There's a story that I learned many years ago. When Henry Ford started his factory to produce automobiles in large numbers, with workers who specialized on different parts of the car, he realized that his workers were living in poverty. He gave them a big raise to something like five dollars a day. In the 1900's that was a lot of money. What happened was that at first the workers enjoyed the extra money in their pockets. Then the grocers, the landlords, the barbers, the cab drivers, the bus drivers, and everybody else realized that the Ford workers had all this extra money. The price of groceries went up. Landlords increased their rents. The private enterprise system worked according to theory: everyone with a product or a service to sell charged whatever the market would bear. Soon the workers were again at the bottom of the economic ladder, no better off than they had been before Henry raised their wages.

This story influences me. I know it's not a "liberal" story. I am committing some kind of liberal heresy for repeating it. If there is a Pope of liberalism, I will be excommunicated. I'm sorry about Ford's workers, but I am convinced that the story is true. Our system of individual freedom implies that purveyors of goods and services are free to charge whatever they choose for their products. That's a situation that has existed since before the time of Caesar Augustus. There will always be a fraction of our population that is poor and living on starvation wages.

A British economist once enunciated the "Iron Law of Wages." If there are more workers available than jobs for them, competition for jobs will have the effect of reducing the wages to the level where the workers can barely buy enough food to maintain their strength needed to do the jobs. Couple that theorem with the Henry Ford corollary, in which prices will rise until the poorest people can no longer buy, and the result is the permanent creation of a poor underclass, barely able to survive.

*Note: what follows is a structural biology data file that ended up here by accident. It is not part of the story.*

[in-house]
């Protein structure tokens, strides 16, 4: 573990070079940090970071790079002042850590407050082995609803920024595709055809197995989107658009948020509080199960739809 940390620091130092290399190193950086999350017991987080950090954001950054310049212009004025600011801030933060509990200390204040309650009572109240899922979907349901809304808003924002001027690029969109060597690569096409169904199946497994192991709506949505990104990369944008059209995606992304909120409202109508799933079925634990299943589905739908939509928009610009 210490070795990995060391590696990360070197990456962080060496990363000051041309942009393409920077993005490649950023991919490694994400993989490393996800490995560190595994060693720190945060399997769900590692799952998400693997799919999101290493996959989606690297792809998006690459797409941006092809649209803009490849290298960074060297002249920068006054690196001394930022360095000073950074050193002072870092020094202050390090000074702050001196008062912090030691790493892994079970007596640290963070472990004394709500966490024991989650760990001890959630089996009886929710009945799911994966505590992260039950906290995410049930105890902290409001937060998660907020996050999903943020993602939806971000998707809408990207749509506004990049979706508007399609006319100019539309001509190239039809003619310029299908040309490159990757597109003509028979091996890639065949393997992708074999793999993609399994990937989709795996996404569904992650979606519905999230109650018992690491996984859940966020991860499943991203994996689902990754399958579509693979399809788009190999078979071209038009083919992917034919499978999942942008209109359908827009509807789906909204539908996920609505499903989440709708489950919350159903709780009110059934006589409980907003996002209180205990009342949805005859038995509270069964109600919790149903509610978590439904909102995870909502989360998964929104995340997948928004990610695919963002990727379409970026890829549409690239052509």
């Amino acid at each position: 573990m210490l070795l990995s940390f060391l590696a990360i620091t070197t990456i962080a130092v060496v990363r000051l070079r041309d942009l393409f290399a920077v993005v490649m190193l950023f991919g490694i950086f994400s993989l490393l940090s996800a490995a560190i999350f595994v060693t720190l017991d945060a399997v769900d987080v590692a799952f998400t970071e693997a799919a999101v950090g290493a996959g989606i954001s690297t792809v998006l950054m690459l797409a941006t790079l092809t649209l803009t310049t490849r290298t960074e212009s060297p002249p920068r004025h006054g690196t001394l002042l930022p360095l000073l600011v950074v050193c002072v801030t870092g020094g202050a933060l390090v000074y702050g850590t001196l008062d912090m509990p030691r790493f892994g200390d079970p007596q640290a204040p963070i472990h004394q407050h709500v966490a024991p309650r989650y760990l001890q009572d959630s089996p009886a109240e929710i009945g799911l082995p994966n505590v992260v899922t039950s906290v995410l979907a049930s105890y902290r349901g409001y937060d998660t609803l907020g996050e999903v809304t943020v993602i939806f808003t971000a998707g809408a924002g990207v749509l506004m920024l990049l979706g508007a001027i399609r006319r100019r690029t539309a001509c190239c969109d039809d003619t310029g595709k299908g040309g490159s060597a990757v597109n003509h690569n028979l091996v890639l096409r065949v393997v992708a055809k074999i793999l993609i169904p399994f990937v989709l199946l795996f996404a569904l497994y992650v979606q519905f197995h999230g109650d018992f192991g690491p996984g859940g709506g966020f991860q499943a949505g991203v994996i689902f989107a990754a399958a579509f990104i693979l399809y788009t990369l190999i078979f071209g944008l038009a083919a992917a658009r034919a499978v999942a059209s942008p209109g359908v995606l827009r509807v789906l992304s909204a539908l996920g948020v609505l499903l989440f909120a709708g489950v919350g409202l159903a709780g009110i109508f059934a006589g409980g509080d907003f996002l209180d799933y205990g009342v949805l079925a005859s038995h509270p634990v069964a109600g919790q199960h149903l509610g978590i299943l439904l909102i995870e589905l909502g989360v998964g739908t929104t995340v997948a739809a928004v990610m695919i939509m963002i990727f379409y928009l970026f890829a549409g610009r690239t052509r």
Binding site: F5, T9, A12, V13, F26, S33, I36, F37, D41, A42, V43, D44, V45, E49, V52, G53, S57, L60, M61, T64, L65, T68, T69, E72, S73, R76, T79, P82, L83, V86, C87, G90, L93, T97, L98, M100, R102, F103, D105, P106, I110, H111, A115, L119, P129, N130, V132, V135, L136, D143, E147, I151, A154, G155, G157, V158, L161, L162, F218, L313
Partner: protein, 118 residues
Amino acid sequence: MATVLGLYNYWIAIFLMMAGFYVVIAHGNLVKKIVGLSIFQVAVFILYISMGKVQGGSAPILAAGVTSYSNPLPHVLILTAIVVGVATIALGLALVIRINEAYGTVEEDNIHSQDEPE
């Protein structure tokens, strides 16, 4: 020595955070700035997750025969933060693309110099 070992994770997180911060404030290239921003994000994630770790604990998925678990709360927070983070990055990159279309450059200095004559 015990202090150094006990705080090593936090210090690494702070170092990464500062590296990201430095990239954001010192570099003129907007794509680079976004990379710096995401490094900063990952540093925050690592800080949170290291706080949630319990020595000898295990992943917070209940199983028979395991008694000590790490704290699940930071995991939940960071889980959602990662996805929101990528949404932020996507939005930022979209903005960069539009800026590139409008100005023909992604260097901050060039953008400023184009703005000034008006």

At various times compassionate men and women have tried to create different models for society in which this underclass of extreme poverty would not exist. Some models were based on religious belief. Individuals formed communes, like the Shakers. The Mormons today have a social order within their religion that takes care of the poor and provides them with food, jobs, and housing. Monastic orders are examples of such models. Monasteries and the Mormons are examples of religious societies that have eliminated extreme poverty. Another model, socialism, was enunciated about 150 years ago as a way to organize an entire society in a way that eliminates extreme poverty. Socialism has been tried in several places with varying degrees of success. Where it has failed the failure was partly due to corruption and the creation of a privileged class within the society. Pure socialism has not yet succeeded in any society. Some countries, particularly in Scandinavia, have elements of socialism in their economic structures. Because these countries are also open and democratic, the bane of corruption and favoritism has not brought down the society in the way that the communist experiment in Russia eventually collapsed. However, the Scandinavian countries are not purely socialistic. Their economies are a mixture of private enterprise and socialism. Their experiments continue; the future will tell how successful they are.

I would despair completely our present American society if I could not look to Scandinavia for hope. Perhaps I am prejudiced; my Grandfather came from Sweden in 1853.